Rather than limit this Italian holiday dinner to just one night, SD26 is offering a $90, five-course tasting menu the entire week before Christmas. Dinner at their new, Madison Square Park location kicks off with baccala mantecato, followed by homemade tagliolini with Sicilian red shrimp bisque. Order a glass of wine from their extensive selection and enjoy the procession of plates to come, including shrimp scampi, octopus, swordfish, branzino, seppia, and calamari. Finish with another festive dish, this one a sweet, perbellini panettone cake with warm zabaione and petits fours.

Osteria Lupa Romano
Address: 170 Thompson Street
Phone: (212) 982-5089

If there’s anyone who knows how to celebrate in true Italian fashion, it’s Mario Batali and Joe Bastianich.  Lupa happens to be one our favorite restaurants in New York, so we’re excited to get in on their Feast of the Seven Fishes between noon and 9:30 on Christmas Eve. There will be a prix-fixe menu in addition to a limited Lupa menu, but the focus is 100% seafood, served  crudo, fritto, insalata, risotto, pasta, bresato, and anquilla. While they all sound delicious, the ones we’re most anxious to sample are the eel in zimino with fried chickpeas and the fried baccala-stuffed peppers filled with anchovy, ricotta fritelle, and semolina sardines.

Address: 305 Church Street between Walker and Lispenard Streets
Phone: (212) 219-4037

Stuzzicheria – curiously pronounced stoots-ee-kee-nee – brings La Vigilia to Tribeca this Christmas with a special menu created by chef Paul Di Bari that proves to be both affordable and authentic. New to this part of town, their Tribeca feast starts with buffalo mozzarella-topped crostini, sweet and sour eel as well as baccala al napoletana with cherry tomatoes, olives and capers.  Wait, there’s more… Steamed mussels, lobster ravioli, and Edenbrook trout.  The best part is that it’s available from December 19th to the 24th at an equally festive price of $45.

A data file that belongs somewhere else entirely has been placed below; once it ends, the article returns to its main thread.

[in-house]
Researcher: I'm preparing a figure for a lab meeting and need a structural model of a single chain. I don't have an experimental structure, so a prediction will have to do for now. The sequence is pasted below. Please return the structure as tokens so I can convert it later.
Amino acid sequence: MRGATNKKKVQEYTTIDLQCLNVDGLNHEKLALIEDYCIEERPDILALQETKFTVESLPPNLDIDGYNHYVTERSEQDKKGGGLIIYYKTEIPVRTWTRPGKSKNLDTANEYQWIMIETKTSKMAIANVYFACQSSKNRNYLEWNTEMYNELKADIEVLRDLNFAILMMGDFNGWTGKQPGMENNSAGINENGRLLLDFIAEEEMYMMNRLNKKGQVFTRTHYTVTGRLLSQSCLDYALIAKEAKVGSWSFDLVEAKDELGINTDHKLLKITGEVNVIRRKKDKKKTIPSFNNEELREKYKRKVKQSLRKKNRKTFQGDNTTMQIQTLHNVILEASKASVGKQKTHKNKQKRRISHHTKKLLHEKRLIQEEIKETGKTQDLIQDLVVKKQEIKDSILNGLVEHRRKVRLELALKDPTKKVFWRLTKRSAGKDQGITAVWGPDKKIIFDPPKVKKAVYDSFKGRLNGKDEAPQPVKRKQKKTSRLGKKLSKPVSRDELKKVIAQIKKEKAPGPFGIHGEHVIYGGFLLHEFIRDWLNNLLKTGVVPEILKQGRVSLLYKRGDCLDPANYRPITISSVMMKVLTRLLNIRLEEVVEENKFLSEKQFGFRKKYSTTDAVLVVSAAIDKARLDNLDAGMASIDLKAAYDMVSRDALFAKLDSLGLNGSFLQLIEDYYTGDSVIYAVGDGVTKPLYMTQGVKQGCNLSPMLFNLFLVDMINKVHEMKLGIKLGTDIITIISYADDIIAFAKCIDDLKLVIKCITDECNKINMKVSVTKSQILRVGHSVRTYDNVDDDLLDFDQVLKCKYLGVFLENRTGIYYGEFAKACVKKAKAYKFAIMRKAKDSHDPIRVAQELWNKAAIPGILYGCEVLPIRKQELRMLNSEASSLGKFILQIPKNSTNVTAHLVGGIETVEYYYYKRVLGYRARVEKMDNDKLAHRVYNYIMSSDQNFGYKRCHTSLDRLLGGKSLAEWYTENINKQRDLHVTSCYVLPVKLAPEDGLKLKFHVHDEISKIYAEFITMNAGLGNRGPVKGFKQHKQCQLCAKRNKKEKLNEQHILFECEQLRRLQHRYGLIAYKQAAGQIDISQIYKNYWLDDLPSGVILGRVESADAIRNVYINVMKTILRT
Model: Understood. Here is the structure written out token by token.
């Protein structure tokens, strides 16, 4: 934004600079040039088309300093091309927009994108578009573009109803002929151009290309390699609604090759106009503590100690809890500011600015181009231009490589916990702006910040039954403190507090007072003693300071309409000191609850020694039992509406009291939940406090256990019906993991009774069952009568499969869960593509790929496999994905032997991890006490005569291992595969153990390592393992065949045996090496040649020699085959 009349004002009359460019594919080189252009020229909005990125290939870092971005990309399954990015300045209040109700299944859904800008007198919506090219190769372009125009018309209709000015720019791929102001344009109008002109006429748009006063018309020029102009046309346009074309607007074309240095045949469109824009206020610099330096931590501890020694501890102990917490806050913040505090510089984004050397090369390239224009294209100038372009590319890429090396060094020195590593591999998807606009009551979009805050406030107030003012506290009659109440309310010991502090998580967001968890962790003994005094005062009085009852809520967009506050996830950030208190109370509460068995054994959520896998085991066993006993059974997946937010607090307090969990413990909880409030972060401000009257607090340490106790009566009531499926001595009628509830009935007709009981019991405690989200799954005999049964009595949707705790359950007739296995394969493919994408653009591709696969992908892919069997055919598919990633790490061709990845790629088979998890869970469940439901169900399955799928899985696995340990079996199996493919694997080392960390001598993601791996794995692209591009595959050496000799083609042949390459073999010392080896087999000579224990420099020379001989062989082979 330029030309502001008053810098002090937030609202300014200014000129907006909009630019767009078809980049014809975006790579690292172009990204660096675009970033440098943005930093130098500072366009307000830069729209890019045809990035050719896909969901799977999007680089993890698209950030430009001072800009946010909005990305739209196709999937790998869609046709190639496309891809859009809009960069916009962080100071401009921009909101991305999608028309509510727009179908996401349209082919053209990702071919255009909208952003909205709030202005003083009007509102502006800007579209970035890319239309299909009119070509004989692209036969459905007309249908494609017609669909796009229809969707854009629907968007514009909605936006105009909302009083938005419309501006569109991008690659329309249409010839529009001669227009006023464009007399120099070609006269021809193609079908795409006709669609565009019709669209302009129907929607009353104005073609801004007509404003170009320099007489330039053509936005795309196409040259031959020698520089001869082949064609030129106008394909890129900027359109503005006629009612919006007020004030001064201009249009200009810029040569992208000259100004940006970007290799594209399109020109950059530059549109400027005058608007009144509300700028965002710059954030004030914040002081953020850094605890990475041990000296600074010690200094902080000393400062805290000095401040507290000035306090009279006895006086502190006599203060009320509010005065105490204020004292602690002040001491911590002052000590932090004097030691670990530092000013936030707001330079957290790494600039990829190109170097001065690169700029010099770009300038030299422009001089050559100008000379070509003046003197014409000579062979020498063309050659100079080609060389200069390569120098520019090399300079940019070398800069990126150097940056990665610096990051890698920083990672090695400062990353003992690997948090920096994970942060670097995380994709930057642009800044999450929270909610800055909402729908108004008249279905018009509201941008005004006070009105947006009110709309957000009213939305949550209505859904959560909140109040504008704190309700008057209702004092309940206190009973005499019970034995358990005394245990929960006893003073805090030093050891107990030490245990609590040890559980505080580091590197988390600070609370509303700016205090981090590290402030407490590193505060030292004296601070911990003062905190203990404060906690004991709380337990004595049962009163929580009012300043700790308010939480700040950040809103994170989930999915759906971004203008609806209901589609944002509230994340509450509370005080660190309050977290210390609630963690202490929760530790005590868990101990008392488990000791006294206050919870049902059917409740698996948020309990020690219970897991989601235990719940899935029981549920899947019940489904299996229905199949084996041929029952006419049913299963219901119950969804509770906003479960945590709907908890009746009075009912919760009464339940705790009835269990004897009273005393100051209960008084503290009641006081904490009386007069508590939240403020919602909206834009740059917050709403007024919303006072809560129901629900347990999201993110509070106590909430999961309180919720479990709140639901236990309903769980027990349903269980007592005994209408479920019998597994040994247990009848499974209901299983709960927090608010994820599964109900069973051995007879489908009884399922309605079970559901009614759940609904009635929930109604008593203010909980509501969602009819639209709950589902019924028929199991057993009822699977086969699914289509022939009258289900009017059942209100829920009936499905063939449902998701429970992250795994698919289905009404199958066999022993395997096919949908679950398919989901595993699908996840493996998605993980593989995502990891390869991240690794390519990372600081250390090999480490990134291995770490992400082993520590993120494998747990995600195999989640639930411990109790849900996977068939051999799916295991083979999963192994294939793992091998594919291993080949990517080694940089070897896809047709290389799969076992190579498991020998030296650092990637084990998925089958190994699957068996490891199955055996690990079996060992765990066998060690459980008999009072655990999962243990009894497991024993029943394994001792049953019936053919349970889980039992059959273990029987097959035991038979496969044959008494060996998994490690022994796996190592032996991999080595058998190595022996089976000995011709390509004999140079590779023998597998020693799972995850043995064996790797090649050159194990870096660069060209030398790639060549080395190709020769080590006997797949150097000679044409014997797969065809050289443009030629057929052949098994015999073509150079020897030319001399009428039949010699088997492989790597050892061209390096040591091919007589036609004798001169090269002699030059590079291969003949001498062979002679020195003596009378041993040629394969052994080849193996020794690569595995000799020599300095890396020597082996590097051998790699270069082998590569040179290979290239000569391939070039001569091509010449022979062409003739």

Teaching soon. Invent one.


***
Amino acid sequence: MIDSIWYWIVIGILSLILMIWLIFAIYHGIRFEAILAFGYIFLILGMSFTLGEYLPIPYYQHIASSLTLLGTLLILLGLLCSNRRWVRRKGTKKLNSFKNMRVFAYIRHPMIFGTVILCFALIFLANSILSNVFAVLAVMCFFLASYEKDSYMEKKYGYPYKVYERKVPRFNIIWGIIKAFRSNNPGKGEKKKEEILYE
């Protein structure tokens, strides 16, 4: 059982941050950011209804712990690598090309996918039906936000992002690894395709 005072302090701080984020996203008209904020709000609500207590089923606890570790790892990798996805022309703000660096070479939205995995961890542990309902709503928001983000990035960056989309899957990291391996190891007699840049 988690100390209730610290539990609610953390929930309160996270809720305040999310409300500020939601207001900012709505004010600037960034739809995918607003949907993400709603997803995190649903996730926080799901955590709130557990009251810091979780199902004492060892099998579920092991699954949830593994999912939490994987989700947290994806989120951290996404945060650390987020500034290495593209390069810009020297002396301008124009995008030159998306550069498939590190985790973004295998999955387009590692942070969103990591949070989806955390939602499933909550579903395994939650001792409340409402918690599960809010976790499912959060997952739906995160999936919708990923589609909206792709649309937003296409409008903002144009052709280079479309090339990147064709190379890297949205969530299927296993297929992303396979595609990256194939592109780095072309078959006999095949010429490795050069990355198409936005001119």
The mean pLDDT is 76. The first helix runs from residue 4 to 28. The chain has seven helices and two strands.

Address: 424 E. 9th Street between 1st Avenue and Avenue A
Phone: (212) 475-7377

Some of you may not know, but Zi’Pep is the less known sister restaurant to Stuzzicheria and they’re gearing up for this seafood-centric evening with a seven-dish special only on Christmas Eve. The festivities begin with a buffalo mozzarella & anchovy crostini and a baccala salad. Up next, there’s grilled sardines with raisins, pine nuts and fennel pollen as well as sweet and sour eel. Then, there’s sautéed New Zealand clams and lobster ravioli with mascarpone. Just in case you’re still hungry, Zi’Pep has also got a branzino in the works served alongside olive oil crushed potatoes and Sicilian capers.

Address: 190 21st Street at 7th Avenue
Phone: (646) 225-6606

Eolo‘s covering all its bases the night before with Hannukah specials and Christmas Eve seafood tasting menu. For the celebrating Jews, there’s chickpea fritters with caponata and ricotta donuts for dessert.  Since our focus is fish, we’re more interested in the nine-course tasting menu $80 per person. What really sets this tasting menu apart is that all of the seafood dishes are available a la carte, too, so you don’t have to commit to the tasting menu to sample the seafood specials, like scallop risotto with quince and rapini in a mussel broth, or octopus marinated with mint, chickpeas and black-squid ink.

One Comment

  1. Looking to partake of The Feast of the Seven Fishes while in New York City December of 2012. Can you please suggest any resutrants or venues that offer this experience. Is anyone event better than the rest?

    Stephen Lee Levin

Leave a Comment

Your email address will not be published. Required fields are marked *